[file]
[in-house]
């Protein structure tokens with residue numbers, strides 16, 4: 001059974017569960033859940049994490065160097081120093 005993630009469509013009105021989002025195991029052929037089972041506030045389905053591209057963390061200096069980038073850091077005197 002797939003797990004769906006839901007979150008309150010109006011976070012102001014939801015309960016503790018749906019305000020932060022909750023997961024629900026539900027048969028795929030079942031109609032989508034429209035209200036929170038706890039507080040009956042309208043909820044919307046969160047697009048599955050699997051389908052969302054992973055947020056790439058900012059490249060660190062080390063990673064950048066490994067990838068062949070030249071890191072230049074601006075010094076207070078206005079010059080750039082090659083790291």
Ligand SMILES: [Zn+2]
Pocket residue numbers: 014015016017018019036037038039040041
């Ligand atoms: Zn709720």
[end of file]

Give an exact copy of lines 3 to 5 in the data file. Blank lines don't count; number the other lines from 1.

Ligand SMILES: [Zn+2]
Pocket residue numbers: 014015016017018019036037038039040041
């Ligand atoms: Zn709720």